After bemoaning the fact my site had received very little below the line interest in the form of comments or pingbacks from other blogs, the same post got three links from other articles. All of which are really good.
Other posts in this series
The first thing I’d note is that only one of them generated an incoming webmention. This could be for a number of reasons – the linking site wasn’t configured to send them, my reception implementation isn’t working properly or the sending site was misconfigured. But I think it demonstrates a problem I identifed in the original post: getting this stuff working is difficult, and relies on authors setting something up correctly, even if that is as relatively simple as installing a WordPress plugin. I only found out about Colin’s post because I was trialling Simple Analytics (recommended, incidentally). Manu was cool enough to send an email saying he’d written On the indie web.
And virtually nobody is just filling in a comment form, which would have been how we’d have created networks in the golden, pre-social media age of blogging.
Anyway. I particularly like Colin’s post as it picks at the subject – what indieweb purports to be and its contradictions:
You are better connected, but to connect requires those very protocols that, supposedly, aren’t as important as the user experience. In this instance, the tech helps to define the UX — it cannot be truly separate. If the goal is to create a network of connected sites, it’s a bit pointless to have a wonderful experience on your blog but not have it link to anything or not enable anyone to link back to you. Are we there yet?
I totally agree with this, but think I differ slightly with Colin in that I believe more platforms could be the answer. Yes, everything is a new fucking platform (from Medium to Substack, Hey World etc. etc.) but that’s how most users mediate with the internet, partly because they offer an easy UX, partly because that’s how we understand what the internet actually is. One could envisage a platform that did things the “right”, indieweb way, and encouraged expression through our own websites rather than Twitter and Facebook, by removing all the technical wrangling and making the UX good.
James concurs (and is in fact building a platform called Tanzawa):
The standards for UX have risen a lot over the past decade. Being able to participate with a single click in software that is native to the IndieWeb is table-stakes for growing the community beyond it’s current size or rate. And it needs to be hosted, because most people aren’t capable of or have interest in maintaining their own server. Response to Are we there yet?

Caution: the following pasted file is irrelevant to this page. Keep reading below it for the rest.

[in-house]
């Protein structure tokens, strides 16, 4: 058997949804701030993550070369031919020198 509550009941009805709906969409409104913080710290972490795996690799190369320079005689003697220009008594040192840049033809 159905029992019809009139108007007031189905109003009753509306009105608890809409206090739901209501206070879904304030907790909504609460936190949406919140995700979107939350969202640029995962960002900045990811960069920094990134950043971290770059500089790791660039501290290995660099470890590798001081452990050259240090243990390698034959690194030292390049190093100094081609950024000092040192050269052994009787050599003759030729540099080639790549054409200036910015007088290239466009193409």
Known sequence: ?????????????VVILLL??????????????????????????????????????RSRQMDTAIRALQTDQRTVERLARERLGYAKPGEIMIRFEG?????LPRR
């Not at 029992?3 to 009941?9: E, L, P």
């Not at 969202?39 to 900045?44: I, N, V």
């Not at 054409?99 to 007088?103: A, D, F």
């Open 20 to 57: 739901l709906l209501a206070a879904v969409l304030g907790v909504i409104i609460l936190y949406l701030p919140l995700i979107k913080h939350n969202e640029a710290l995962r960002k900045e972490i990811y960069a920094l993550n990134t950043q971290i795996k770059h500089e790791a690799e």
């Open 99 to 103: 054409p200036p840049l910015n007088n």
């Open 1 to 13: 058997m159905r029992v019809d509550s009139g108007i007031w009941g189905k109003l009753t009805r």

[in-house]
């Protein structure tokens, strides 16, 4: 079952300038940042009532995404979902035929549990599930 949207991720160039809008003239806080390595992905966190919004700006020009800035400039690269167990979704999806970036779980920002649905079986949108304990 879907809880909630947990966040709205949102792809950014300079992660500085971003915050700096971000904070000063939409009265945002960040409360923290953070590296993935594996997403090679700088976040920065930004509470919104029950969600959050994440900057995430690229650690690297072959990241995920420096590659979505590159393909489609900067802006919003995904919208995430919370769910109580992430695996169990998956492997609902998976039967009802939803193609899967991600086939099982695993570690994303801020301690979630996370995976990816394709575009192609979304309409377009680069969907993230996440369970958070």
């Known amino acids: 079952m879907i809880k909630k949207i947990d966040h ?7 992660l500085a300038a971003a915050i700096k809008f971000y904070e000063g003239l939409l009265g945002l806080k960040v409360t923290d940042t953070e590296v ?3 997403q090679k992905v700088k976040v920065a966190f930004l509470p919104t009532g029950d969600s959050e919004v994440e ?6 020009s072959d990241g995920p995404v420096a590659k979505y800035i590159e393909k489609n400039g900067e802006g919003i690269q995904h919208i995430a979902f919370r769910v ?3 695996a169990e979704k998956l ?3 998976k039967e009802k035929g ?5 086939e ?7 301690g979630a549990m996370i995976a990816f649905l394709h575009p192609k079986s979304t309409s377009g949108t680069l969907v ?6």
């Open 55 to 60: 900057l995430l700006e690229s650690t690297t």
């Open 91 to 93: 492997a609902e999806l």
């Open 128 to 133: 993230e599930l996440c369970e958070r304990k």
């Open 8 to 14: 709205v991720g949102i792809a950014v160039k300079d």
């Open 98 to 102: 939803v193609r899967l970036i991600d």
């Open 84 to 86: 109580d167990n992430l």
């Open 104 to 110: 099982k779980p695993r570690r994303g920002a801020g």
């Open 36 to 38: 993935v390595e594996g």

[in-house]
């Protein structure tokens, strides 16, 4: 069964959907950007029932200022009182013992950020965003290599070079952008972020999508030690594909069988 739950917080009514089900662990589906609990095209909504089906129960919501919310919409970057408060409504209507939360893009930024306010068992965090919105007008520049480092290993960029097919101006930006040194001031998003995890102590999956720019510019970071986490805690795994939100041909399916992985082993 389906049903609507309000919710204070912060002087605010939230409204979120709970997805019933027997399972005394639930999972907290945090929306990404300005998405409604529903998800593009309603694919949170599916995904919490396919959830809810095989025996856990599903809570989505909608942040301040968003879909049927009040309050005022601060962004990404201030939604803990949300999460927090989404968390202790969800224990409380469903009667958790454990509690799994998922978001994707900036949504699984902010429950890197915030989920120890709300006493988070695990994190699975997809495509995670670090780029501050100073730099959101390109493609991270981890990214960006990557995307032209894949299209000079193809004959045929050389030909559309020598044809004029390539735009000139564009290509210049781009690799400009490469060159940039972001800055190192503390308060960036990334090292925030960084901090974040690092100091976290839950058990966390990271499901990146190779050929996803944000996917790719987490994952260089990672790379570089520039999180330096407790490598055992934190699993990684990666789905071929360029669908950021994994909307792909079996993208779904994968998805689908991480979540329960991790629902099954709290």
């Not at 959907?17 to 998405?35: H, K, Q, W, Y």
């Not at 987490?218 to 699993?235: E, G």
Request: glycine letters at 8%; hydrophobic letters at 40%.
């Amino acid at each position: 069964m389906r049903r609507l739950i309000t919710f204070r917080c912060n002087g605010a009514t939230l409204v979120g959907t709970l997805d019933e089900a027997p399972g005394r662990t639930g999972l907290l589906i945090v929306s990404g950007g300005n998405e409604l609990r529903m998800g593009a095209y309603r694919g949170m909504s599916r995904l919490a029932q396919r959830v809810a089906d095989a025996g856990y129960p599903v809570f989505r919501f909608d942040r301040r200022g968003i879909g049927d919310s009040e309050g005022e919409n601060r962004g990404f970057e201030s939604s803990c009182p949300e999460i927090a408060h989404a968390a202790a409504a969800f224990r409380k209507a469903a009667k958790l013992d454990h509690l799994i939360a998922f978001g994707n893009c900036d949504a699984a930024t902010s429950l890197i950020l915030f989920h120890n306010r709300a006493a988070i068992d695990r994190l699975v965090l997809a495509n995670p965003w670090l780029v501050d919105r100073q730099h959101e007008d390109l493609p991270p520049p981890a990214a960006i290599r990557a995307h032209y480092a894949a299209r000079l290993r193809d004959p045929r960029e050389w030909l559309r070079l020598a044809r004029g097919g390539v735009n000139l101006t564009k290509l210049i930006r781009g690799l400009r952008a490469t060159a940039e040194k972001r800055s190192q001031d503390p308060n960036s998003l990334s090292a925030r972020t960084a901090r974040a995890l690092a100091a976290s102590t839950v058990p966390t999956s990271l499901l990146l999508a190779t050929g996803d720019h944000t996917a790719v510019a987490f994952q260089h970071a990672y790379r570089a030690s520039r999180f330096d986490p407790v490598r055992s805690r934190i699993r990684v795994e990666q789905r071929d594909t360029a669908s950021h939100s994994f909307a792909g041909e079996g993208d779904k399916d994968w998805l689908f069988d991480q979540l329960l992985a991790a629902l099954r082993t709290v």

However, Colin and Manu are right, this isn’t going to happen in any large way, and perhaps it shouldn’t.
But Colin’s conclusion got me to think about indieweb in a different way (or to simply not overthink it). Indieweb is just publishing to your own website. To focus on likes, retweets, reactions etc. is to betray a social media mentality.
At the most basic level, the IndieWeb is advocating having your own site, your own home on the web, and owning your own data. That’s all it needs to be to get started, just like it used to be before the platforms took over.
And it really never has been easier to set up your own website.
This conclusion chimes with Manu:
I kinda see the point Leon is making but at the same time I think he’s missing the bigger picture. When it comes to human connections happening through the web medium, I believe the path of the indie web is—or at least should be—quality over quantity. A network of personal sites can’t really compete with a platform like Twitter when it comes to reachability and possibility of going viral. Nor it should aspire to honestly… Deeper interactions require time. The indie web has to be slow in order to be effective.
And Manu’s right – I just need to be patient, and write something that’s half interesting. I only started publishing everything to my website just over a year ago, and already some form of network has developed. That’s good in and of itself.